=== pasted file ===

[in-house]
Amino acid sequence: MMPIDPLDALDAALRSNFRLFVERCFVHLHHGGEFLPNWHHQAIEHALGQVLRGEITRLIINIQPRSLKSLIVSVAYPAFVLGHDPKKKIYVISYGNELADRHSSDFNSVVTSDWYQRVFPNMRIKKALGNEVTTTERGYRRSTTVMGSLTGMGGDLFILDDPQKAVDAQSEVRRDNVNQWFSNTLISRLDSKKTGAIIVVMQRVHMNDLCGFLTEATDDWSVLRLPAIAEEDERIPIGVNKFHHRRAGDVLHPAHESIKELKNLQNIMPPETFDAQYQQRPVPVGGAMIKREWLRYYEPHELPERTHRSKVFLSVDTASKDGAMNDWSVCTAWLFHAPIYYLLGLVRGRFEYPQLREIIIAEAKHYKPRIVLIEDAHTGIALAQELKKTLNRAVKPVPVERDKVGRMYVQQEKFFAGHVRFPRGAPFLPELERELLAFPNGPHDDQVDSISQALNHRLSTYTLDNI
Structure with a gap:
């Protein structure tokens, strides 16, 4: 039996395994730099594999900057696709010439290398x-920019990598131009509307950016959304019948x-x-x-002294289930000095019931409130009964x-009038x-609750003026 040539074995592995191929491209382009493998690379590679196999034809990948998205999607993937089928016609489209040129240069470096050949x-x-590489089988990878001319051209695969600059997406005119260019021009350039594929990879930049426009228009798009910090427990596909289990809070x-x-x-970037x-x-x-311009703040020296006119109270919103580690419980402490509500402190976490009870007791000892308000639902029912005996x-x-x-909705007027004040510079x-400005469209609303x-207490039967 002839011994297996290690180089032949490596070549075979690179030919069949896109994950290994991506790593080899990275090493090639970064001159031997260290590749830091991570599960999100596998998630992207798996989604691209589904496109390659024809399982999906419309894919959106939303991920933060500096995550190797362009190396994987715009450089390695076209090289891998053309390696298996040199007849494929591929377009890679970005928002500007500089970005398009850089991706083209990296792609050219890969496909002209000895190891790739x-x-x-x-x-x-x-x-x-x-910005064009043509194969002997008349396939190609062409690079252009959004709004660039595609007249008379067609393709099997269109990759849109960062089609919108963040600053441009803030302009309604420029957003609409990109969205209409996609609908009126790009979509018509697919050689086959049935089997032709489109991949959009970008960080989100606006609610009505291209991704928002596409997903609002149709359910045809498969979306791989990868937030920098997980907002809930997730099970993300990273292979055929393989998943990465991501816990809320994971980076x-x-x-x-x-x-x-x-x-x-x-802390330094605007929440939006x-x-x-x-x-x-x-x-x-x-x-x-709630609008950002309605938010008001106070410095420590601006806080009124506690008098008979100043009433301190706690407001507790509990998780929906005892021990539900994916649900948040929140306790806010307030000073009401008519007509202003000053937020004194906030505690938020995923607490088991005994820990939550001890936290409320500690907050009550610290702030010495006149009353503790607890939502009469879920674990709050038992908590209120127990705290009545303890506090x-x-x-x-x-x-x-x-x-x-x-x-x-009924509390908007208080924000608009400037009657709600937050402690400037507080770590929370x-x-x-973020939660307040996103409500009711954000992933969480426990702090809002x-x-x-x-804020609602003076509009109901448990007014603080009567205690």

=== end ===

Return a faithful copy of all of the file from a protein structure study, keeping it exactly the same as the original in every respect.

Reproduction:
[in-house]
Amino acid sequence: MMPIDPLDALDAALRSNFRLFVERCFVHLHHGGEFLPNWHHQAIEHALGQVLRGEITRLIINIQPRSLKSLIVSVAYPAFVLGHDPKKKIYVISYGNELADRHSSDFNSVVTSDWYQRVFPNMRIKKALGNEVTTTERGYRRSTTVMGSLTGMGGDLFILDDPQKAVDAQSEVRRDNVNQWFSNTLISRLDSKKTGAIIVVMQRVHMNDLCGFLTEATDDWSVLRLPAIAEEDERIPIGVNKFHHRRAGDVLHPAHESIKELKNLQNIMPPETFDAQYQQRPVPVGGAMIKREWLRYYEPHELPERTHRSKVFLSVDTASKDGAMNDWSVCTAWLFHAPIYYLLGLVRGRFEYPQLREIIIAEAKHYKPRIVLIEDAHTGIALAQELKKTLNRAVKPVPVERDKVGRMYVQQEKFFAGHVRFPRGAPFLPELERELLAFPNGPHDDQVDSISQALNHRLSTYTLDNI
Structure with a gap:
């Protein structure tokens, strides 16, 4: 039996395994730099594999900057696709010439290398x-920019990598131009509307950016959304019948x-x-x-002294289930000095019931409130009964x-009038x-609750003026 040539074995592995191929491209382009493998690379590679196999034809990948998205999607993937089928016609489209040129240069470096050949x-x-590489089988990878001319051209695969600059997406005119260019021009350039594929990879930049426009228009798009910090427990596909289990809070x-x-x-970037x-x-x-311009703040020296006119109270919103580690419980402490509500402190976490009870007791000892308000639902029912005996x-x-x-909705007027004040510079x-400005469209609303x-207490039967 002839011994297996290690180089032949490596070549075979690179030919069949896109994950290994991506790593080899990275090493090639970064001159031997260290590749830091991570599960999100596998998630992207798996989604691209589904496109390659024809399982999906419309894919959106939303991920933060500096995550190797362009190396994987715009450089390695076209090289891998053309390696298996040199007849494929591929377009890679970005928002500007500089970005398009850089991706083209990296792609050219890969496909002209000895190891790739x-x-x-x-x-x-x-x-x-x-910005064009043509194969002997008349396939190609062409690079252009959004709004660039595609007249008379067609393709099997269109990759849109960062089609919108963040600053441009803030302009309604420029957003609409990109969205209409996609609908009126790009979509018509697919050689086959049935089997032709489109991949959009970008960080989100606006609610009505291209991704928002596409997903609002149709359910045809498969979306791989990868937030920098997980907002809930997730099970993300990273292979055929393989998943990465991501816990809320994971980076x-x-x-x-x-x-x-x-x-x-x-802390330094605007929440939006x-x-x-x-x-x-x-x-x-x-x-x-709630609008950002309605938010008001106070410095420590601006806080009124506690008098008979100043009433301190706690407001507790509990998780929906005892021990539900994916649900948040929140306790806010307030000073009401008519007509202003000053937020004194906030505690938020995923607490088991005994820990939550001890936290409320500690907050009550610290702030010495006149009353503790607890939502009469879920674990709050038992908590209120127990705290009545303890506090x-x-x-x-x-x-x-x-x-x-x-x-x-009924509390908007208080924000608009400037009657709600937050402690400037507080770590929370x-x-x-973020939660307040996103409500009711954000992933969480426990702090809002x-x-x-x-804020609602003076509009109901448990007014603080009567205690």